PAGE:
The deputy editor-in-chief for Russia’s leading news radio station was stabbed by an unknown attacker who burst into its studios Monday — the latest of a string of attacks on journalists and opposition activists in Moscow.
The assailant broke into its studios of Ekho Moskvy, which has often been described as Russia’s only independent news radio station, and stabbed Tatyana Felgenhauer in the throat, editor-in-chief Alexei Venediktov said.
The man sprayed gas in the face of a security guard at the entrance to the office building on the ground floor and went up to the 14th floor where the station’s studios are.
“The man came here on purpose, he knew where he was going,” Venediktov told reporters.
Felgenhauer, who is best known for co-hosting a popular morning show, has been taken to hospital and her life is not in danger, the station said.
Ekho Moskvy’s searing criticism has irked many in the Russian government, and its hosts and journalists have reported death threats previously.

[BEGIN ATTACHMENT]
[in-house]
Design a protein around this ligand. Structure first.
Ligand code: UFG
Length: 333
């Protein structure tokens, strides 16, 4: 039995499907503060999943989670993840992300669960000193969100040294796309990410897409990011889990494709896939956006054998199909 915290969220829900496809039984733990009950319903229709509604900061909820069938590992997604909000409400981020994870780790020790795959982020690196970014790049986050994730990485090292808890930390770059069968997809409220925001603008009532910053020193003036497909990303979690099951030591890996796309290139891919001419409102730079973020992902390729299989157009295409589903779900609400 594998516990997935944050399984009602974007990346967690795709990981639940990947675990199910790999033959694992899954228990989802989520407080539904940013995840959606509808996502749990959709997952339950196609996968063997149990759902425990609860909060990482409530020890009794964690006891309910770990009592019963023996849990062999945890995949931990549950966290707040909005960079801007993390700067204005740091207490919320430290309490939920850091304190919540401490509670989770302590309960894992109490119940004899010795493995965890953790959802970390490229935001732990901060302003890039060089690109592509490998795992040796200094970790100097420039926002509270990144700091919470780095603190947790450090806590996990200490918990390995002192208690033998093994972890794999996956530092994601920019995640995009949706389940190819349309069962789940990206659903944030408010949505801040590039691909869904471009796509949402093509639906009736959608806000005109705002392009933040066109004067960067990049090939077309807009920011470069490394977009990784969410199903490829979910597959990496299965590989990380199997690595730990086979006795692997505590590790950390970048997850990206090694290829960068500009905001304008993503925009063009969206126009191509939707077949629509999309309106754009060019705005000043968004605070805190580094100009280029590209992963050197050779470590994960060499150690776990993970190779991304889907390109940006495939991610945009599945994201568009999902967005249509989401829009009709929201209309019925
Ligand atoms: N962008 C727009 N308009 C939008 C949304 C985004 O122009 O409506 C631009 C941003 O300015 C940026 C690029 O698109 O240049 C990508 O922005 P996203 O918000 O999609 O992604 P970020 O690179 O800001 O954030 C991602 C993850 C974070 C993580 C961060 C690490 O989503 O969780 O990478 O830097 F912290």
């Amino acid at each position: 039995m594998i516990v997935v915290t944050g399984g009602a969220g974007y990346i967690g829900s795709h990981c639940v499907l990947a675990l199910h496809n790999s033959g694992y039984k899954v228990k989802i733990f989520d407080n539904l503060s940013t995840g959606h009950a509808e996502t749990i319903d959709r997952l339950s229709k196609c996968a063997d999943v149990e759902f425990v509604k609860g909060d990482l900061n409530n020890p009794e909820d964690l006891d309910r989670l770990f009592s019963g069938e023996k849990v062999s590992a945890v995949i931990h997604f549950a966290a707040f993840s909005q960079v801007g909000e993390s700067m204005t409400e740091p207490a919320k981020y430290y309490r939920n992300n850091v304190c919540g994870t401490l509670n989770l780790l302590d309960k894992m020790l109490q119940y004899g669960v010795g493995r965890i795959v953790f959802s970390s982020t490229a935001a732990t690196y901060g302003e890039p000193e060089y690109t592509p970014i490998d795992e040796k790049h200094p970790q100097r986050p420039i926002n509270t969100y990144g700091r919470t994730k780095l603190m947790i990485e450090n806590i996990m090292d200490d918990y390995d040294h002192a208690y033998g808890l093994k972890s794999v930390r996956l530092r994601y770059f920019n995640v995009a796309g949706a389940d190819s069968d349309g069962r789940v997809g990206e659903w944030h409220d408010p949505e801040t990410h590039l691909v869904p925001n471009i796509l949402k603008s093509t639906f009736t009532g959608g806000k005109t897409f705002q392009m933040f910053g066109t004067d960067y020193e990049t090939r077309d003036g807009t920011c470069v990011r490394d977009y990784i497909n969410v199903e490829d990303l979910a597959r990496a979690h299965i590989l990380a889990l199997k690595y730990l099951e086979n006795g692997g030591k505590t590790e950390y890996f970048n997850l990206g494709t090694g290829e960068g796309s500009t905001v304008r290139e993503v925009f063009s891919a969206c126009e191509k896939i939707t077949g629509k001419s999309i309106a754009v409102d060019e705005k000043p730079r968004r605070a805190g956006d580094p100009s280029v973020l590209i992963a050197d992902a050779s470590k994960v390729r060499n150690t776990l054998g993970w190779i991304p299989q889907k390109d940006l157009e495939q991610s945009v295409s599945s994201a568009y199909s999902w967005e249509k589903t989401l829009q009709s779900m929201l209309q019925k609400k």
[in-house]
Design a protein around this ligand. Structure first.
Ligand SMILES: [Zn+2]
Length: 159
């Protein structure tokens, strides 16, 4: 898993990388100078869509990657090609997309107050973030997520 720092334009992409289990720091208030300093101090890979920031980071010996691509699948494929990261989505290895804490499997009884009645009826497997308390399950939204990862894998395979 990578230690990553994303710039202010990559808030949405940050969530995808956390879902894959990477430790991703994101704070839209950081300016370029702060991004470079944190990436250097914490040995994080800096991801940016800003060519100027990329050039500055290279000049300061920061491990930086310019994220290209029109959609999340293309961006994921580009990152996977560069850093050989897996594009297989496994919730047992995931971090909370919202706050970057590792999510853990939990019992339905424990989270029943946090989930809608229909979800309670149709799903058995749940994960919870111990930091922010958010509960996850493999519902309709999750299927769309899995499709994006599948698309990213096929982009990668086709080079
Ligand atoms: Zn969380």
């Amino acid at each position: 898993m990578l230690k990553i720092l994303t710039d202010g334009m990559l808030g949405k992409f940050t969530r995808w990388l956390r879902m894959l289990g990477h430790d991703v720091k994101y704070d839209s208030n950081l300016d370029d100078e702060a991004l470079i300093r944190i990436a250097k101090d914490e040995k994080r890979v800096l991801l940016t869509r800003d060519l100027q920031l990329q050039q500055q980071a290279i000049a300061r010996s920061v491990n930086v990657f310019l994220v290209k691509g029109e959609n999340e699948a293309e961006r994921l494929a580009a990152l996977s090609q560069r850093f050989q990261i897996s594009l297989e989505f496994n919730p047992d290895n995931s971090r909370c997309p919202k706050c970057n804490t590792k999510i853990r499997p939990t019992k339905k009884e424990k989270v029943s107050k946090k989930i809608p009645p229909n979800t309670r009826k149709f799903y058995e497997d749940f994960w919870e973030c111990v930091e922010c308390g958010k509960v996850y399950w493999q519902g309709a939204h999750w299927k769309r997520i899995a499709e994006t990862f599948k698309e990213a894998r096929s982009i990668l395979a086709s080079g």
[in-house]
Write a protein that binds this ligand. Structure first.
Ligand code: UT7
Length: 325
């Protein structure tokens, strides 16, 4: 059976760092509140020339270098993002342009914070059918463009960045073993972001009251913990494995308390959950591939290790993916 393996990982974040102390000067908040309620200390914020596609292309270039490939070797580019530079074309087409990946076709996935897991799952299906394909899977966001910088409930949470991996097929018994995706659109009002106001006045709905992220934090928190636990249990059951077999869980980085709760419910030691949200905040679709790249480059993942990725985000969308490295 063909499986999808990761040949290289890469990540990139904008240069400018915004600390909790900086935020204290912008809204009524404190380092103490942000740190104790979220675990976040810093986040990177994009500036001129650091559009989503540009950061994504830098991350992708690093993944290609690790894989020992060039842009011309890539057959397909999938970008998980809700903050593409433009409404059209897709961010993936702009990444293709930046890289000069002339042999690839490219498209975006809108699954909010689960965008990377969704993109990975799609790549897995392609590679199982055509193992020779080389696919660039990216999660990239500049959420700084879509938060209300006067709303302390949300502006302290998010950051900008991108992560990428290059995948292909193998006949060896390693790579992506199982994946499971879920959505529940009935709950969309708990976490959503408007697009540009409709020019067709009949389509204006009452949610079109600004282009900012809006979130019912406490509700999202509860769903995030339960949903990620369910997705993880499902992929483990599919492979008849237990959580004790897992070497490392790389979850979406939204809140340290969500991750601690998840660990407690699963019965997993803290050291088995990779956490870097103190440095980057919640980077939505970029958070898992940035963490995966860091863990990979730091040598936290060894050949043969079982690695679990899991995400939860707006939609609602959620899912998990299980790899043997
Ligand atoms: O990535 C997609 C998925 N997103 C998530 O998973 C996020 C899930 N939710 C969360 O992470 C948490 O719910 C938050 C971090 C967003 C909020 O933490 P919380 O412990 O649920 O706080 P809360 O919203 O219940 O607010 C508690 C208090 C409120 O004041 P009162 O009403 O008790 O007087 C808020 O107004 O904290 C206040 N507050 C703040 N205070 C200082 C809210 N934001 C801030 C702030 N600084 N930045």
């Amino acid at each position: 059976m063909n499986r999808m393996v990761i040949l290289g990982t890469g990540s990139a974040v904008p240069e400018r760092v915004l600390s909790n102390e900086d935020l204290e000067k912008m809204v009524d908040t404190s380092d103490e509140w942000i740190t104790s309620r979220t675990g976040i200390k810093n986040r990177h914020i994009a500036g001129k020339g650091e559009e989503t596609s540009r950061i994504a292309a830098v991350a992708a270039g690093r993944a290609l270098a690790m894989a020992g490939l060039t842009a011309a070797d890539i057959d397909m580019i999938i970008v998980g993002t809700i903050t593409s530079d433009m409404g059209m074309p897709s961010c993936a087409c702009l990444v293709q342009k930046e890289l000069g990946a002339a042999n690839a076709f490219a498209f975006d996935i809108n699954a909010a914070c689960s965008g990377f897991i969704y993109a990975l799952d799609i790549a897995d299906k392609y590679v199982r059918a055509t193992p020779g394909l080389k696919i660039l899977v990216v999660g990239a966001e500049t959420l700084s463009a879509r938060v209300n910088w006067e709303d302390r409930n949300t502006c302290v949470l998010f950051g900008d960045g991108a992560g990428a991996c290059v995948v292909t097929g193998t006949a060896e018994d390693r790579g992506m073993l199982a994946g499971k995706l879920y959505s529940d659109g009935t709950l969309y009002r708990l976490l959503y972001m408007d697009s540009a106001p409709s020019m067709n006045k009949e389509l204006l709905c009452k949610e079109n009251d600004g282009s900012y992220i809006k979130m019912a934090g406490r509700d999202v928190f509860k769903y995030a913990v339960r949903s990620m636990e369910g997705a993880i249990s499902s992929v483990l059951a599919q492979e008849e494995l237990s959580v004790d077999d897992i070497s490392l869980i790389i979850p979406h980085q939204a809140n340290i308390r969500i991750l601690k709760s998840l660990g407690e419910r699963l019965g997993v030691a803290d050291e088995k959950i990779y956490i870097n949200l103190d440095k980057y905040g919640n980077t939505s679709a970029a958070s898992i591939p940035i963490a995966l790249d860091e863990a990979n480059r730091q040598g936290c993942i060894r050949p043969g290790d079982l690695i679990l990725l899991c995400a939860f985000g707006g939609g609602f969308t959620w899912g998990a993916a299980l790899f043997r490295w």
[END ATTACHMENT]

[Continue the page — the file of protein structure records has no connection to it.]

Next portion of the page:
Another popular Ekho Moskvy host, Yulia Latynina, fled Russia in September following a suspected arson attack on her car.
The spokesman for the Russian Prosecutor General’s Office described the attack as “outrageous” and said prosecutors will investigate the case closely.
The Tass news agency quoted Moscow police as saying they suspect the man had a personal grudge against Felgenhauer.
State-owned media have long targeted Ekho Moskvy for its critical reporting.
The state television channel Rossiya 24 put out a report two weeks ago that described the station as an “arm of the U.S. State Department” that gets paid for “destabilizing society” ahead of Russia’s presidential election in March.
Columnist Oleg Kashin, who survived in a brutal attack in 2010 which was never properly investigated, said on the Dozhd television station that Felgenhauer’s “blood is on the hands of people from Rossiya 24, too.”
Dmitry Muratov, editor-in-chief of the Novaya Gazeta newspaper, says the failure of Russian authorities to respond to the recurrent attacks and threats against independent journalists, activists and opposition leaders have made such attacks possible. – AP